Your standard Homeowner’s Insurance policy will not cover you in the event your home suffers a flood. If you are concerned that your house is in a flood zone, you may be able to purchase separate flood insurance through the US Government’s National Flood Insurance program, but it will probably cost you a big premium with a hefty deductible to purchase the insurance.
In The News
Floods are very much in the news. Heavy rains in the US Midwest caused the Missouri River and some tributaries to overflow, which caused massive flooding in states like Iowa and Nebraska. In the Northeast, if it rains heavily during the late Winter or Spring while the snow is melting, various rivers, creeks and streams will flood. The low-lying Houston area is prone to flooding when a tropical storm hits or even with some heavy rain. One can discuss why this might be happening or if it is happening with increased frequency, but property is being damaged and people’s pocketbooks are suffering.
This article from the Wall Street Journal points out that your house might be in a flood zone without you knowing it does because home sellers may not have to disclose prior flooding and because FEMA flood maps may be out of date. Your lesson: Don’t rely on information from others, including the US Government. Instead, rely on your own common sense. Make sure the house you are looking to buy is on high ground, and/or is elevated above ground level. Live somewhere that water flows away from, not where water flows to. If you already own your home, buy the flood insurance (if you can), and also have a drainage or another type of protection plan so that your home doesn’t flood. Installing a drainage system for your property might be money very well spent if it prevents your home from flooding.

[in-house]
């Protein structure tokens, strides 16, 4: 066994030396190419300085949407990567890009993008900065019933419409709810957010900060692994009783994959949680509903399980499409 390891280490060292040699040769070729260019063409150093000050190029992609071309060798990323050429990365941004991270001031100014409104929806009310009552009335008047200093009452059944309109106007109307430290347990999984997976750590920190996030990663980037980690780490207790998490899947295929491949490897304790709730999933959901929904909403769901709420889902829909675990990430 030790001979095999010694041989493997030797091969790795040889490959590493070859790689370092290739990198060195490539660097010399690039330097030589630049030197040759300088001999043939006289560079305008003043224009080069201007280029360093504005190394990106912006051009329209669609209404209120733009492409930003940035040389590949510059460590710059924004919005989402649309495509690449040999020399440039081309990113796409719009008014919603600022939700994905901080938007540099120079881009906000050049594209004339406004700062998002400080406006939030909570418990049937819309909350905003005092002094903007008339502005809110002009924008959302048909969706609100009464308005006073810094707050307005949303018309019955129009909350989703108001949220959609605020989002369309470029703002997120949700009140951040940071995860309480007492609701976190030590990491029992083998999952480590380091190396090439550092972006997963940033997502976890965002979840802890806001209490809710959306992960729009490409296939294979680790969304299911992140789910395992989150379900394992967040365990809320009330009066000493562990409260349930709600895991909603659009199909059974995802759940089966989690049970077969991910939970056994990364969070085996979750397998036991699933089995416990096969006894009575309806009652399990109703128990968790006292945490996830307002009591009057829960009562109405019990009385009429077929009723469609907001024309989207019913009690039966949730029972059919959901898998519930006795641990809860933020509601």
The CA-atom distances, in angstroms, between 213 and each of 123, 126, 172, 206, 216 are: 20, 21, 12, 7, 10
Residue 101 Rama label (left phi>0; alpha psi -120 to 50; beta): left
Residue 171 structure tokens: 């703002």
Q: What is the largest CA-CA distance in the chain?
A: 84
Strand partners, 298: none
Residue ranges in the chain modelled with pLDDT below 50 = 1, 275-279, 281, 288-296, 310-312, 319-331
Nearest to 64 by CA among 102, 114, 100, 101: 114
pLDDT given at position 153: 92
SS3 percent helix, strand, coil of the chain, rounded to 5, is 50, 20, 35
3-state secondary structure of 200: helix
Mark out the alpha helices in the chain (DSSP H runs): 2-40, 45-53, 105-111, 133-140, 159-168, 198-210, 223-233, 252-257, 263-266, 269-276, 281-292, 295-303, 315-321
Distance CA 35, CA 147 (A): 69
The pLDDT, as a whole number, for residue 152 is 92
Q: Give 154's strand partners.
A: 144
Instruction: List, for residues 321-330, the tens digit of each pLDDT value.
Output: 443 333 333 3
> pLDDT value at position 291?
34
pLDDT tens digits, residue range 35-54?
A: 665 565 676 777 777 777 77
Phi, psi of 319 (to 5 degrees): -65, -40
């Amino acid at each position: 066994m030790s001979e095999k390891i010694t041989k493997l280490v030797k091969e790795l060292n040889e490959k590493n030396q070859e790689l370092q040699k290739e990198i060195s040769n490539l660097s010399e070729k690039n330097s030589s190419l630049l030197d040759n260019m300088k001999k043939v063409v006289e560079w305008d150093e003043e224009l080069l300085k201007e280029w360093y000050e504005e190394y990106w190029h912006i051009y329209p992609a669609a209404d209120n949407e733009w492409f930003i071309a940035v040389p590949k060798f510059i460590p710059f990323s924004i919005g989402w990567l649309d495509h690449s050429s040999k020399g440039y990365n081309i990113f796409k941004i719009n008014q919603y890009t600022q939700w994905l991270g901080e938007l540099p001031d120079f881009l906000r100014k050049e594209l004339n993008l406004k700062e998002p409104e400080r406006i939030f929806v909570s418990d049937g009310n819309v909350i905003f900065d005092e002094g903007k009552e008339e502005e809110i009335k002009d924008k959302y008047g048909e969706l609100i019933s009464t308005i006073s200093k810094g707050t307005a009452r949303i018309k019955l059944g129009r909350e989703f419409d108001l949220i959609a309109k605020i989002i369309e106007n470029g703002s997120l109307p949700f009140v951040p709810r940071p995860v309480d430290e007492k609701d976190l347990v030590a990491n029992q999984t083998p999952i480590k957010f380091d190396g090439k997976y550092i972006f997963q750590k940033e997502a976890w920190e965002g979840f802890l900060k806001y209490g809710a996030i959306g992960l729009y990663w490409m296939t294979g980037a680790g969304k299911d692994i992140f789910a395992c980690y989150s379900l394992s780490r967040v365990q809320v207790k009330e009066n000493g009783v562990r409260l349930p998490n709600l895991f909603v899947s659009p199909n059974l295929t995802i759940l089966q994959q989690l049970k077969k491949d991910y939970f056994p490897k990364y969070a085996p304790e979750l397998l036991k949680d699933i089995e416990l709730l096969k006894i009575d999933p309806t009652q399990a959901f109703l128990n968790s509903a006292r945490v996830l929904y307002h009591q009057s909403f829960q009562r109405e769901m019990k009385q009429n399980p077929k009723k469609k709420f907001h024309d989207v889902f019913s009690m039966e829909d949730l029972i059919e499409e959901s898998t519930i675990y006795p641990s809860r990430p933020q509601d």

“I rent, and I have renter’s insurance, so I’m covered if it floods, right?” Well, unfortunately, you are not. Renter’s insurance is like homeowner’s insurance in that, if water comes up from the ground (as with a flood), damage is not covered. If you rent, the same logic applies: Use your common sense. Rent on an upper floor, if possible. Live on high ground, and keep your valuables out of harm’s way in the event of a flood.
If you live in an area with lakes, rivers, creeks, harbors, or other bodies of water, and you are concerned you may be in a flood zone, your concerns are valid. A 3rd standard deviation-type storm may hit and your property could flood. Your best course of action is to use common sense and to take steps ahead of time to prevent flood damage rather than to seek compensation or reimbursement after the flood happens.